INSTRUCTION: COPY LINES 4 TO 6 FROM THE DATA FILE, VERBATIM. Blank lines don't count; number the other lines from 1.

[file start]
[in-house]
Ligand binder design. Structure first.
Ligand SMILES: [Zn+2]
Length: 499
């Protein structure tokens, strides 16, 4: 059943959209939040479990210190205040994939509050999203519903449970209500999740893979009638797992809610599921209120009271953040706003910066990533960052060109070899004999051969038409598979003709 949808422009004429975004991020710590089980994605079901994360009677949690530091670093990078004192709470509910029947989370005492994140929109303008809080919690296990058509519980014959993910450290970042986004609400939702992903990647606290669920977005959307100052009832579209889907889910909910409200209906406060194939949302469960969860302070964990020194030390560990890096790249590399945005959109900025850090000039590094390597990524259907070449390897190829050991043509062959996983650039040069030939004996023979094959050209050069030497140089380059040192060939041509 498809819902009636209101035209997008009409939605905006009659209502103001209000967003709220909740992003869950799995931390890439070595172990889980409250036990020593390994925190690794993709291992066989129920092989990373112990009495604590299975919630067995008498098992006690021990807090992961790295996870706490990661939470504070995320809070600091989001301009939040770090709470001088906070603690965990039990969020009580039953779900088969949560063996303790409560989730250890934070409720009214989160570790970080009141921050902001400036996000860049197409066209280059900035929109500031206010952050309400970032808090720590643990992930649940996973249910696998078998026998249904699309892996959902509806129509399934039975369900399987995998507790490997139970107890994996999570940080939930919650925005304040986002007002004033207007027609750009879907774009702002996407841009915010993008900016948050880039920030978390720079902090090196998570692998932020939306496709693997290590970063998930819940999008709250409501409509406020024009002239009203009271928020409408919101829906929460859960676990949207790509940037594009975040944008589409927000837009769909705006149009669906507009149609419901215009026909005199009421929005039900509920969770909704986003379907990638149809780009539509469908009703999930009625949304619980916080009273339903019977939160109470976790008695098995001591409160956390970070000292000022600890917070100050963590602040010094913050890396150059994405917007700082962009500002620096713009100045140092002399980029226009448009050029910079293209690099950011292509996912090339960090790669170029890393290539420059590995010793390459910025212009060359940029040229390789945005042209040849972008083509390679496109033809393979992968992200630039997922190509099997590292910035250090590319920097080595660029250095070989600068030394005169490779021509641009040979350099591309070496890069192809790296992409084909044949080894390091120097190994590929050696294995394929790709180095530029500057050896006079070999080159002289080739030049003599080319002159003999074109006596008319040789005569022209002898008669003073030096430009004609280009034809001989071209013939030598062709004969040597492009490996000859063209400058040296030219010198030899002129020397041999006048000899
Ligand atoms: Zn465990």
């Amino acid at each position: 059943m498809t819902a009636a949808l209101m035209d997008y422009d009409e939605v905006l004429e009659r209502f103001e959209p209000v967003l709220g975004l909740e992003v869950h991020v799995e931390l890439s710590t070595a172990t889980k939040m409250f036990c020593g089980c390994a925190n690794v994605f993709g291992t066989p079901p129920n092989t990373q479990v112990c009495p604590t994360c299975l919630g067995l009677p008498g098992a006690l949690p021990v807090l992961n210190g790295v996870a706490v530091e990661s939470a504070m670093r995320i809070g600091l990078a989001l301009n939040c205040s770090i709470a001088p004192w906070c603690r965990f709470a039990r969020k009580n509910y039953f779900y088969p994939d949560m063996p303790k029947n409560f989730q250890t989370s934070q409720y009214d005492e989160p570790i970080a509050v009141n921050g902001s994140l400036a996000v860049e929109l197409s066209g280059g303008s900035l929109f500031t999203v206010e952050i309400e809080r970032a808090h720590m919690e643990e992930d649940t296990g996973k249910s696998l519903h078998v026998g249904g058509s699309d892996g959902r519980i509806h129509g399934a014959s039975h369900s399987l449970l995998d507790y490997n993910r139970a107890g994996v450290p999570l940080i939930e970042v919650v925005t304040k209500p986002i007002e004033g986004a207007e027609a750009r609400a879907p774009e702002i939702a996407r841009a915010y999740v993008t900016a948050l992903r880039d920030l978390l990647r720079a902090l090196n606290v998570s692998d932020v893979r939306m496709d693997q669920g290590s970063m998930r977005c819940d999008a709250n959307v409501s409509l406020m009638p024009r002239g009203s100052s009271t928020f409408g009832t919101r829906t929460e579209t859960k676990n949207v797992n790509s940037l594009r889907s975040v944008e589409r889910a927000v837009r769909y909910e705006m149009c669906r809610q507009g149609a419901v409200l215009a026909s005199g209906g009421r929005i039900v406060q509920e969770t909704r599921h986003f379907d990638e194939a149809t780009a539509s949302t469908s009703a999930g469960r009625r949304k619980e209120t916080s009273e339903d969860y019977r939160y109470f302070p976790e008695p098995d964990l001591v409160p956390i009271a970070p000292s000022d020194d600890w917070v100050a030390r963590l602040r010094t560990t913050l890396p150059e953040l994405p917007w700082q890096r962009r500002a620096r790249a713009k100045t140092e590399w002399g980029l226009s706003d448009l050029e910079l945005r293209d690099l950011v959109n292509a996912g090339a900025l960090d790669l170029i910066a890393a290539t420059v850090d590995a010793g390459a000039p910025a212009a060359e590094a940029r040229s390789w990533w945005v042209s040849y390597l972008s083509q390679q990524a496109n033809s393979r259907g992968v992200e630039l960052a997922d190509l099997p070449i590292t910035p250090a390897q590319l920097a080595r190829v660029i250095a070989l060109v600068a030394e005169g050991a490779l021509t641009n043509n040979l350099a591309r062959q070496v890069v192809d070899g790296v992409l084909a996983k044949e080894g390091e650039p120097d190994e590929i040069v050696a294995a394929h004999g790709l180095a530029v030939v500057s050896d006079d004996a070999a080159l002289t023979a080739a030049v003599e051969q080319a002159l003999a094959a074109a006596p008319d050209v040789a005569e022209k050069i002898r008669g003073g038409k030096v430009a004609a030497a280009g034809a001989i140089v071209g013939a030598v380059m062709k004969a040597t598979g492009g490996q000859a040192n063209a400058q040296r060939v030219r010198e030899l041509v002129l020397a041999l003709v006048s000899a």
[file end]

Length: 499
């Protein structure tokens, strides 16, 4: 059943959209939040479990210190205040994939509050999203519903449970209500999740893979009638797992809610599921209120009271953040706003910066990533960052060109070899004999051969038409598979003709 949808422009004429975004991020710590089980994605079901994360009677949690530091670093990078004192709470509910029947989370005492994140929109303008809080919690296990058509519980014959993910450290970042986004609400939702992903990647606290669920977005959307100052009832579209889907889910909910409200209906406060194939949302469960969860302070964990020194030390560990890096790249590399945005959109900025850090000039590094390597990524259907070449390897190829050991043509062959996983650039040069030939004996023979094959050209050069030497140089380059040192060939041509 498809819902009636209101035209997008009409939605905006009659209502103001209000967003709220909740992003869950799995931390890439070595172990889980409250036990020593390994925190690794993709291992066989129920092989990373112990009495604590299975919630067995008498098992006690021990807090992961790295996870706490990661939470504070995320809070600091989001301009939040770090709470001088906070603690965990039990969020009580039953779900088969949560063996303790409560989730250890934070409720009214989160570790970080009141921050902001400036996000860049197409066209280059900035929109500031206010952050309400970032808090720590643990992930649940996973249910696998078998026998249904699309892996959902509806129509399934039975369900399987995998507790490997139970107890994996999570940080939930919650925005304040986002007002004033207007027609750009879907774009702002996407841009915010993008900016948050880039920030978390720079902090090196998570692998932020939306496709693997290590970063998930819940999008709250409501409509406020024009002239009203009271928020409408919101829906929460859960676990949207790509940037594009975040944008589409927000837009769909705006149009669906507009149609419901215009026909005199009421929005039900509920969770909704986003379907990638149809780009539509469908009703999930009625949304619980916080009273339903019977939160109470976790008695098995001591409160956390970070000292000022600890917070100050963590602040010094913050890396150059994405917007700082962009500002620096713009100045140092002399980029226009448009050029910079293209690099950011292509996912090339960090790669170029890393290539420059590995010793390459910025212009060359940029040229390789945005042209040849972008083509390679496109033809393979992968992200630039997922190509099997590292910035250090590319920097080595660029250095070989600068030394005169490779021509641009040979350099591309070496890069192809790296992409084909044949080894390091120097190994590929050696294995394929790709180095530029500057050896006079070999080159002289080739030049003599080319002159003999074109006596008319040789005569022209002898008669003073030096430009004609280009034809001989071209013939030598062709004969040597492009490996000859063209400058040296030219010198030899002129020397041999006048000899
Ligand atoms: Zn465990």